We have a new filing in the trial of George Zimmerman with his counsel demanding to use pictures and text messages from Trayvon Martin’s cell phone. The question will become one of relevance as well as prejudice as Zimmerman’s legal team tries to show that Martin had a violent or criminal disposition.
Some of these pictures in my view can be kept out of the trial. However, the defense has a legitimate right to evidence showing a prior disposition — just as the prosecution has that right. What is striking is that the prosecution wants to introduce a host of pre-statements and actions to paint Zimmerman as a racist or violent individual. However, they oppose such evidence related to Martin. Zimmerman’s defense is that Martin attack him and he wants to show that Martin had problems before that night, including his mother demanding that he leave the house and live with his father.
Here is the standard:
90.403 Exclusion on grounds of prejudice or confusion.–Relevant evidence is inadmissible if its probative value is substantially outweighed by the danger of unfair prejudice, confusion of issues, misleading the jury, or needless presentation of cumulative evidence. This section shall not be construed to mean that evidence of the existence of available third-party benefits is inadmissible.
The images come from Martin’s Huawei phone including what may be a self-picture of Martin holding a Smith and Wesson handgun. However, while it appears taken by the person holding the cellphone, there is no proof it is Martin unless the defense has found contemporary witnesses. Other photos show the gun and potted marijuana plants. The defense also wants to introduce evidence that Martin was suspended for fighting from school. This includes texts from November 2011 in which he says that his mother has kicked him out of the house after “da police caught me outta skool.” His friend responds “So you just turning into a lil hoodlum.” Martin responds “Naw, I’m a gangsta.” In other messages, Martin discusses guns like one that asks “U wanna share a .380 w/ (blacked out).”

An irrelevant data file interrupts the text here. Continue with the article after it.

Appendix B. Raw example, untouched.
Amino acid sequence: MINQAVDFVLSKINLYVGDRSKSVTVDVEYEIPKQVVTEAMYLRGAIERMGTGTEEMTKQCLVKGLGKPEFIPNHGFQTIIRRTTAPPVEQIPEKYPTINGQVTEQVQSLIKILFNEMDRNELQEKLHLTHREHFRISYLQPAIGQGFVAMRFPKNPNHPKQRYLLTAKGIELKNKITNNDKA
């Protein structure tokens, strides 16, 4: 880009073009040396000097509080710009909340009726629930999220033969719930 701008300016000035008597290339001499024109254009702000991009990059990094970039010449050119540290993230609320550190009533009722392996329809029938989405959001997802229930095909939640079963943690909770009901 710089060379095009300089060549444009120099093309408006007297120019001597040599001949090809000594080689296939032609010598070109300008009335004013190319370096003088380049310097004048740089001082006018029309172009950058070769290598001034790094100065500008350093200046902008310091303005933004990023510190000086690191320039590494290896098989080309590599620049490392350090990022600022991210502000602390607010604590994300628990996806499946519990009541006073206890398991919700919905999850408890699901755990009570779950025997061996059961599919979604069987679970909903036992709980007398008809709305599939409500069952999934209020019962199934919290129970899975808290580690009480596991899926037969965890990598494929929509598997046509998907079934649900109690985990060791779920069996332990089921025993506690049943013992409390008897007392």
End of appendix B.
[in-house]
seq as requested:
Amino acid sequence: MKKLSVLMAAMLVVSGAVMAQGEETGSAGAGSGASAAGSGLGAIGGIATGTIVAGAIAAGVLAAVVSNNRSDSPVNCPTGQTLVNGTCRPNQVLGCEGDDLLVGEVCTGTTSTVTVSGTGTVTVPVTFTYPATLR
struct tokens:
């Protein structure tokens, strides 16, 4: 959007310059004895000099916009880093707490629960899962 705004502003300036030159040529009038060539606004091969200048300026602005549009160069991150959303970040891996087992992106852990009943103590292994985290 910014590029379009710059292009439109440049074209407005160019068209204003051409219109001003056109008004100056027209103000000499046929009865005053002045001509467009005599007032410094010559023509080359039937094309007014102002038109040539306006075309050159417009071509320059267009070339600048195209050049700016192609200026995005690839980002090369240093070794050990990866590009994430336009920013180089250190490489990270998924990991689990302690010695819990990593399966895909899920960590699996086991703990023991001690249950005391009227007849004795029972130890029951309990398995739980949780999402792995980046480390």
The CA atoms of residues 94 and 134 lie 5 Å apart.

I do believe that Zimmerman is entitled to introduce prior conduct evidence as is the prosecution. It cannot be one sided. The question is where to draw the line in such pictures and text messages. I do not see how the gun picture can be admitted absent proof that it is Martin holding the gun. Clearly there is a strong argument that it is him since it is his cellphone, but that remains speculative. It does seem to me that the playing field has to be level on the prior conduct evidence. The prosecution can argue that it has a closer nexus to introduce prior conduct related to Zimmerman’s anti-crime views and activities. However, it will also be asking to introduce other evidence.
These are always tough calls for the courts. Clearly both of the characters of these individuals are on trial given the theories of the prosecution and the defense. Young boys often joke of guns and crime and such messages can be misleading. Yet, the defense is claiming that these statements match his conduct on that night. The court could allow the evidence on both sides in and allow opposing counsel to make these points. However, there remains the prejudicial impact on the jury. I would expect that this evidence would be highly influential on some members of the jury.
Where do you think the line should be drawn?